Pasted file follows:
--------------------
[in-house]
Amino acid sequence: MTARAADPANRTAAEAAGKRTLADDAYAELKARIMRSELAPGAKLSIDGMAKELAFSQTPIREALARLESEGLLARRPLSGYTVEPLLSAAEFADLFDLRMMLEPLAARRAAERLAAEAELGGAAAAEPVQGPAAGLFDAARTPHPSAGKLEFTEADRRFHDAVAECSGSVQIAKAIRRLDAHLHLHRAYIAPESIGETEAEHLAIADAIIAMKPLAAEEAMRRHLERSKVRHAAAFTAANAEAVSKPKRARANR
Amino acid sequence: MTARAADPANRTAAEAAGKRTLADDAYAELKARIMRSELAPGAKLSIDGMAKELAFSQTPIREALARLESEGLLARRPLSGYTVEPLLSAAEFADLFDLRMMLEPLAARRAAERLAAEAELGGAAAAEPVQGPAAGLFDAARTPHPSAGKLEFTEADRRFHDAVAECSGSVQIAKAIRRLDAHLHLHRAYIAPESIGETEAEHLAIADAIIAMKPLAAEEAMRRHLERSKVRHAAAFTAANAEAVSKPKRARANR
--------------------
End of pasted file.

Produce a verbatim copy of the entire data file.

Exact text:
[in-house]
Amino acid sequence: MTARAADPANRTAAEAAGKRTLADDAYAELKARIMRSELAPGAKLSIDGMAKELAFSQTPIREALARLESEGLLARRPLSGYTVEPLLSAAEFADLFDLRMMLEPLAARRAAERLAAEAELGGAAAAEPVQGPAAGLFDAARTPHPSAGKLEFTEADRRFHDAVAECSGSVQIAKAIRRLDAHLHLHRAYIAPESIGETEAEHLAIADAIIAMKPLAAEEAMRRHLERSKVRHAAAFTAANAEAVSKPKRARANR
Amino acid sequence: MTARAADPANRTAAEAAGKRTLADDAYAELKARIMRSELAPGAKLSIDGMAKELAFSQTPIREALARLESEGLLARRPLSGYTVEPLLSAAEFADLFDLRMMLEPLAARRAAERLAAEAELGGAAAAEPVQGPAAGLFDAARTPHPSAGKLEFTEADRRFHDAVAECSGSVQIAKAIRRLDAHLHLHRAYIAPESIGETEAEHLAIADAIIAMKPLAAEEAMRRHLERSKVRHAAAFTAANAEAVSKPKRARANR